Q: What’s your favorite thing about being a pediatric otolaryngologist?
I like solving problems, and pediatric ENT tends to lean more towards “see problem—fix problem” though there are plenty of complex cases out there to keep things interesting. Also, I see myself as a “big kid” that easily connects with children. This helps to alleviate any nervousness they have about visiting the doctor’s office.
Q: Can you share your best success story from treating a patient?
It’s hard to choose one, but probably the most rewarding one was where I performed a procedure to correct a 2-month old’s noisy breathing (laryngomalacia). Prior to the surgery the baby girl had very noisy breathing, abdominal retractions, poor feeding, and was losing weight. After the surgery the noisy breathing resolved and the baby began gaining weight again. The parents were so genuinely happy and thankful that they were crying tears of joy—I just remember feeling lucky for having the chance to make that kind of impact in their lives.
Q: Has the COVID-19 pandemic changed or altered ENT care? If so, how?
Definitely. In regards to pediatric ENT there has been a significant decline in pediatric volume mainly due to the fact that kids aren’t congregating together and getting each other sick! Kids naturally pass germs between each other at daycare, school, and social gatherings. The pandemic put an end to all that with a corresponding decrease in ear, sinus, and tonsil infections, and thus pediatric ENT consultations.
Q: What myth do you often have to debunk about ENT care?
Ear tube drainage should be treated with topical antibiotics drops as first line therapy, not oral antibiotics (as I see so often prior to the patients coming in).
Q: What advice would you give your younger self (before becoming an ENT)?
Be ready to work hard, understand the sacrifice you’re making for the opportunity to help others, and be flexible. It’s a tough job on many different levels, but that’s the price you pay to have the privilege to make a positive impact in patients’ lives.
Q: How did your time volunteering in both Cambodia and the Ukraine performing ear surgery shape the way your care towards patients today?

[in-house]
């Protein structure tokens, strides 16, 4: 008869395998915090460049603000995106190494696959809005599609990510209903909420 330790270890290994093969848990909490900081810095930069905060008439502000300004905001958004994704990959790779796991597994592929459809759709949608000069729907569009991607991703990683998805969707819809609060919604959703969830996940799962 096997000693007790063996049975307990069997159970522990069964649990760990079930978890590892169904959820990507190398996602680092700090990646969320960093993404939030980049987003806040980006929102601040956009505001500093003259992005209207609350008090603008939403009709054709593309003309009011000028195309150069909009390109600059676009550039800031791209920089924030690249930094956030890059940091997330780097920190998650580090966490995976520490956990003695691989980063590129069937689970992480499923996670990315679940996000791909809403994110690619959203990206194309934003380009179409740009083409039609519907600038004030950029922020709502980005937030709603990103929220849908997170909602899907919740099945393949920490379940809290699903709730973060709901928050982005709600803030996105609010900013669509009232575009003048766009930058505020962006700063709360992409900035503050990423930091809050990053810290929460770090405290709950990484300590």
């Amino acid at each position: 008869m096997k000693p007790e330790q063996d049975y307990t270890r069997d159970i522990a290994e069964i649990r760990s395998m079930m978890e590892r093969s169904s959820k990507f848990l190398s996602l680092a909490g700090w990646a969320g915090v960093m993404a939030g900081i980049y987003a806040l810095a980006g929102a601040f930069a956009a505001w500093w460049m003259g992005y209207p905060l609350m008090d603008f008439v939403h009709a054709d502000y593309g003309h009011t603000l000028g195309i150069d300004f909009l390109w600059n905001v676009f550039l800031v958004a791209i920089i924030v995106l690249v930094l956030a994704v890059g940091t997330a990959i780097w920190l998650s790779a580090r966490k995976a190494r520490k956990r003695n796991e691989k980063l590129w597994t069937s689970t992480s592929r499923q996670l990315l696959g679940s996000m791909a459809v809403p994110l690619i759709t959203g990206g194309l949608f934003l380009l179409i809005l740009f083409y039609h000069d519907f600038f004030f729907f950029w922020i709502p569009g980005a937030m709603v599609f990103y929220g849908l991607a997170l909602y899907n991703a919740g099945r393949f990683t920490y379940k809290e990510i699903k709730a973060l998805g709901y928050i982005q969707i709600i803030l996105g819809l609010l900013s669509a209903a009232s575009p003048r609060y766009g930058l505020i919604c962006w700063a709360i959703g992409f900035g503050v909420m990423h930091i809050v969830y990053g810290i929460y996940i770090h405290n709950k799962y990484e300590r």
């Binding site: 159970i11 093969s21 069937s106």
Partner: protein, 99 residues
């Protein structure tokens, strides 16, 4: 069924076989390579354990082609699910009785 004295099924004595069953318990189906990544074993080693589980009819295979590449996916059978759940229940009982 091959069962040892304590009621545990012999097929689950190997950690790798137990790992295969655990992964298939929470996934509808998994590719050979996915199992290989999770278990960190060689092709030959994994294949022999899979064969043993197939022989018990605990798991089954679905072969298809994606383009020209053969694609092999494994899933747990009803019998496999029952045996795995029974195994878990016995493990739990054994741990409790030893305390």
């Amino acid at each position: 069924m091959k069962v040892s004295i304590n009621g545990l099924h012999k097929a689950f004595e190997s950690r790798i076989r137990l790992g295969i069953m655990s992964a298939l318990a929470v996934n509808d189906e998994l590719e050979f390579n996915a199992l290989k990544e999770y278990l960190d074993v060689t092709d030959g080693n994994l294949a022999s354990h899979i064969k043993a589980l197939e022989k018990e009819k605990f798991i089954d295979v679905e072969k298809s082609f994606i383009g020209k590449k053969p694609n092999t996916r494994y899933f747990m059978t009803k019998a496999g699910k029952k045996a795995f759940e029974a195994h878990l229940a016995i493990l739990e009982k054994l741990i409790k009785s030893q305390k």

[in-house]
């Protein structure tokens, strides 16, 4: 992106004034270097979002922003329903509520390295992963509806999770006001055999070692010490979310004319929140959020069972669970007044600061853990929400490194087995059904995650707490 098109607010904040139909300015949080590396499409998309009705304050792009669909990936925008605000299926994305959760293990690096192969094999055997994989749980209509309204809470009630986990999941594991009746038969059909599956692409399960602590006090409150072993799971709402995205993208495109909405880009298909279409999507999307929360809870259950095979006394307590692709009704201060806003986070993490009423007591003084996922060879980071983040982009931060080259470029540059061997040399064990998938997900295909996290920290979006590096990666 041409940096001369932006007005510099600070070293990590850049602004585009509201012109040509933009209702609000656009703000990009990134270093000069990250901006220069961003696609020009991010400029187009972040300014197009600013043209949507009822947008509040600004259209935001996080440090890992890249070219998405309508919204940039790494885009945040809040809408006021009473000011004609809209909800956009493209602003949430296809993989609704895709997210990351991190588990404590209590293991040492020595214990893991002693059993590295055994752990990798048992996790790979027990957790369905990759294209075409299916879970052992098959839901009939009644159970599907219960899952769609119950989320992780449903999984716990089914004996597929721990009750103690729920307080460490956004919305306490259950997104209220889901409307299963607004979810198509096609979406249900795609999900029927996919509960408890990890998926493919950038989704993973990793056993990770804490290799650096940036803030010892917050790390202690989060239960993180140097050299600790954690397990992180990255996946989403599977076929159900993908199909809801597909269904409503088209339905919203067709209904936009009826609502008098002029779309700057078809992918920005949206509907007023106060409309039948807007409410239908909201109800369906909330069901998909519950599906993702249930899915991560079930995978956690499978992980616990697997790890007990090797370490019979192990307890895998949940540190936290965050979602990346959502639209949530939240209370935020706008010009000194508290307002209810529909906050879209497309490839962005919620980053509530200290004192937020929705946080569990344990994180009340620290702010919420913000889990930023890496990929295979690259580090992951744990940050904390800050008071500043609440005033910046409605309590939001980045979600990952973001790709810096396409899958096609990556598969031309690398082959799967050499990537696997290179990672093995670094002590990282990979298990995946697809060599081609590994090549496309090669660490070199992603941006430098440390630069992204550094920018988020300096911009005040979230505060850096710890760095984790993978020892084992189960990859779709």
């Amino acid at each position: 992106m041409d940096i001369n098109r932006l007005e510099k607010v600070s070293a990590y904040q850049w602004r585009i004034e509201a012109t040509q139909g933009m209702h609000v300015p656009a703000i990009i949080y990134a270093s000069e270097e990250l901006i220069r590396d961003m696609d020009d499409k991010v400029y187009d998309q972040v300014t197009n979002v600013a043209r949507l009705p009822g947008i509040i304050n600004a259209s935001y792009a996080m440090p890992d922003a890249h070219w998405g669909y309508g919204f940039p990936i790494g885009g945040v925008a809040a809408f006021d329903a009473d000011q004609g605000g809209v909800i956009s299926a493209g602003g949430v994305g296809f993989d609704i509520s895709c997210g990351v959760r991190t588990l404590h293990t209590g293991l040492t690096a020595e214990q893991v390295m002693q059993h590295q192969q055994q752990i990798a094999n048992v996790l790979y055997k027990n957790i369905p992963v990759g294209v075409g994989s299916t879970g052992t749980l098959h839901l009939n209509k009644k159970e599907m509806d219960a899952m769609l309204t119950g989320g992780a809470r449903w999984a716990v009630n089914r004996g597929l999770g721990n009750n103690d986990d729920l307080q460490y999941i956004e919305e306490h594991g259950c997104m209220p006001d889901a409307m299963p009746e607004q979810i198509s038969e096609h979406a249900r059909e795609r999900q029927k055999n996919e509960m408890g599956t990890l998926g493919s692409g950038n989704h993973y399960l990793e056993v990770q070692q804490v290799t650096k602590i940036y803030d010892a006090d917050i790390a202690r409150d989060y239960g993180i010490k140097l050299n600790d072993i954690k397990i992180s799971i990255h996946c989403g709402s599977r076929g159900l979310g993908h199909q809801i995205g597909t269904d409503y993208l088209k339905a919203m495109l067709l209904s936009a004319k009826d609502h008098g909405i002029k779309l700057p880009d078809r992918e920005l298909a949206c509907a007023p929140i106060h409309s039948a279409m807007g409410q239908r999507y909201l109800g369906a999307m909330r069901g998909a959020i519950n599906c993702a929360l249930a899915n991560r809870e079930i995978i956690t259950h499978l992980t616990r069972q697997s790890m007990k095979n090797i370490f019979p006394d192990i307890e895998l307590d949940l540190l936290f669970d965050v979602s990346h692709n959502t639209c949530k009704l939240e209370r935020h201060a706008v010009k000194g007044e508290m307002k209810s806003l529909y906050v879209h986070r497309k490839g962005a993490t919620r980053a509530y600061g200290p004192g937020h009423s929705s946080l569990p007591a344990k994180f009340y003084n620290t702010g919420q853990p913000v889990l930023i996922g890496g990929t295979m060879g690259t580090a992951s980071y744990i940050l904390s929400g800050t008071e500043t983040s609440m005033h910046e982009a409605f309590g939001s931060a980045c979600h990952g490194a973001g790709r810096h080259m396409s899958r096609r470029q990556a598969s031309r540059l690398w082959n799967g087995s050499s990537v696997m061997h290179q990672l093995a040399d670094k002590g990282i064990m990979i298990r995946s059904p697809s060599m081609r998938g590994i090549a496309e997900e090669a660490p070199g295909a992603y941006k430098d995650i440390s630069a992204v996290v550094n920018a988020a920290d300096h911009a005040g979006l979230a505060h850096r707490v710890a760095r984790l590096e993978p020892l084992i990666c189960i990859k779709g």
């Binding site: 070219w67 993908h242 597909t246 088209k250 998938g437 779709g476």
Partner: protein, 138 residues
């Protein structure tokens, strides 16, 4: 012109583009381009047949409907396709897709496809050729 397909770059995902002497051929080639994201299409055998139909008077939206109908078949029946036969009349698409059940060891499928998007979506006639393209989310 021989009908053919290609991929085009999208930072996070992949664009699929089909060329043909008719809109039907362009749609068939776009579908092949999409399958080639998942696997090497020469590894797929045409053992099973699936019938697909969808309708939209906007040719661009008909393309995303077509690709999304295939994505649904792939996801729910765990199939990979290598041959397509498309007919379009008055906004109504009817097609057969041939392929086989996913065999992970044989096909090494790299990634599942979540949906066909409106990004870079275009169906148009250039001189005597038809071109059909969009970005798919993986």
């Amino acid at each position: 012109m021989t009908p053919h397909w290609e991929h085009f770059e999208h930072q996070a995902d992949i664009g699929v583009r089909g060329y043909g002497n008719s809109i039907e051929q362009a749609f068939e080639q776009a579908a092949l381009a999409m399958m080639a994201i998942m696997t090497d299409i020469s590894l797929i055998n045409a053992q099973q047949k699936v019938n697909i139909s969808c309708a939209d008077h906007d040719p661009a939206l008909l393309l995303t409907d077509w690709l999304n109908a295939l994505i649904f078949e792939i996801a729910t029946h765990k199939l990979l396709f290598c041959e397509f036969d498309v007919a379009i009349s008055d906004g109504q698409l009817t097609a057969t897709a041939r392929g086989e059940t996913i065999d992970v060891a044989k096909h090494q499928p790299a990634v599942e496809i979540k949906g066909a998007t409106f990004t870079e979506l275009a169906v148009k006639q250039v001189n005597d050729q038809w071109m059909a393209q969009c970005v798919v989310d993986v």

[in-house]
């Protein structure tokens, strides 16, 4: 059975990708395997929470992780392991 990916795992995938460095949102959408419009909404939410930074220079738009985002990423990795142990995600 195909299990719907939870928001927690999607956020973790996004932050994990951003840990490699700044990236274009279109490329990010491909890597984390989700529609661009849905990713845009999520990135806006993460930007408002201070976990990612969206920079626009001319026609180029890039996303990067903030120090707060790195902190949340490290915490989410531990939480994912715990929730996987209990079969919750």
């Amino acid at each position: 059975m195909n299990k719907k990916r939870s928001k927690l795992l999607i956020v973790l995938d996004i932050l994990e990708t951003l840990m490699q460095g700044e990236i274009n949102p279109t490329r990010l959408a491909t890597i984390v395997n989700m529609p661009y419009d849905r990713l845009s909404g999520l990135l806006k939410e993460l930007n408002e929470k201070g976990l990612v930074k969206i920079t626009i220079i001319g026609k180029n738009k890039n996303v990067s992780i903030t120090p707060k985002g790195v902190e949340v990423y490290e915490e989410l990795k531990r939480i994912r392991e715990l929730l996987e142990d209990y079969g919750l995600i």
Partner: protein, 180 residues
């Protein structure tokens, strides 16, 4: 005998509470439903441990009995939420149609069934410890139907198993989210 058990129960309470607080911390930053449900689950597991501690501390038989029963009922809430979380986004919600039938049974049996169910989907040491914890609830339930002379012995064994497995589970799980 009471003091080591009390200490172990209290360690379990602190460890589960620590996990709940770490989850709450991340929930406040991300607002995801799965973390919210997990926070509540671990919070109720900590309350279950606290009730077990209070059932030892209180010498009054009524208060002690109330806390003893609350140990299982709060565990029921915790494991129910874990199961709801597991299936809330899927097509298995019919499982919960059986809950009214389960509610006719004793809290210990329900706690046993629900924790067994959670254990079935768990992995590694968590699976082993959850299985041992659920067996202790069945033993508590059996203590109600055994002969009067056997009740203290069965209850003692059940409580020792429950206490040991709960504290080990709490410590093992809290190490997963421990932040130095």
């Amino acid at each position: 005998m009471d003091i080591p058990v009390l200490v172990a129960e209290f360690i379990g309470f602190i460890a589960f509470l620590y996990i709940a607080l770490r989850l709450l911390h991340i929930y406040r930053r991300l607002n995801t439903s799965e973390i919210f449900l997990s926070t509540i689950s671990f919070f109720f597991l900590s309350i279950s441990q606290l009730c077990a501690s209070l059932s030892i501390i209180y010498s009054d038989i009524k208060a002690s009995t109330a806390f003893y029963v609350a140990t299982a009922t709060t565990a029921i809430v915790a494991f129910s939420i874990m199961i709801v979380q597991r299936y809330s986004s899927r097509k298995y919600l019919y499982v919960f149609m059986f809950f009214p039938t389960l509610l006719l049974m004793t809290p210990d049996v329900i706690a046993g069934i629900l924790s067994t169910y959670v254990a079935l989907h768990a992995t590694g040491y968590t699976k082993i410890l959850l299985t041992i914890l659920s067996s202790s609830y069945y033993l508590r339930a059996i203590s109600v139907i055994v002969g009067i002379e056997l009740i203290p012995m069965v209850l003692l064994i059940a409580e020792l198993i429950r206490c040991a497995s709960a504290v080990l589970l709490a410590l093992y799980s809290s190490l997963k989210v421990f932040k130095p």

Those patients and their families were just so grateful to be receiving any care let alone from an American medical team. They were putting all their hope into our hands and it reinforced the importance of humility. It was also another reminder of the distinct privilege we physicians are given to make an impact in each patient's life. I remember these lessons when treating my current patients.
Q: How would you describe your own methodology and approach to pediatric otolaryngology?
I think just being compassionate and a good listener go a long way—both to the child and the parent. Recognizing each patient as an individual and recognizing that their problems and issues are unique helps to keep me on my toes and not fall into patterns.
Q: What are some favorite activities you enjoy outside of work?
I moved here in October 2020, so I’ve tried to get outdoors as much as possible. I’ve been skiing at Heavenly a lot this winter. My wife and I also have gone on many hikes around Lake Tahoe and we’re planning to be at the beach a bunch this summer.
Q: What is your go-to ENT doctor joke?
Doctor: Nurse, how is that little girl doing who swallowed 10 quarters last night?
Nurse: No change yet.
Yeah, it's cheesy…
Q: If you could eat only one thing every day for the rest of your life, what would it be?
Pizza! It’s something where I can change the flavors…is that cheating?
Q: If not a pediatric otolaryngologist, what else could you see yourself doing?
An architect. That’s what I thought I would do in college, until I realized I’m terrible at sketches.
Q: Anything else to share for the curious out there?
My wife and I are expecting our own little baby girl this coming May!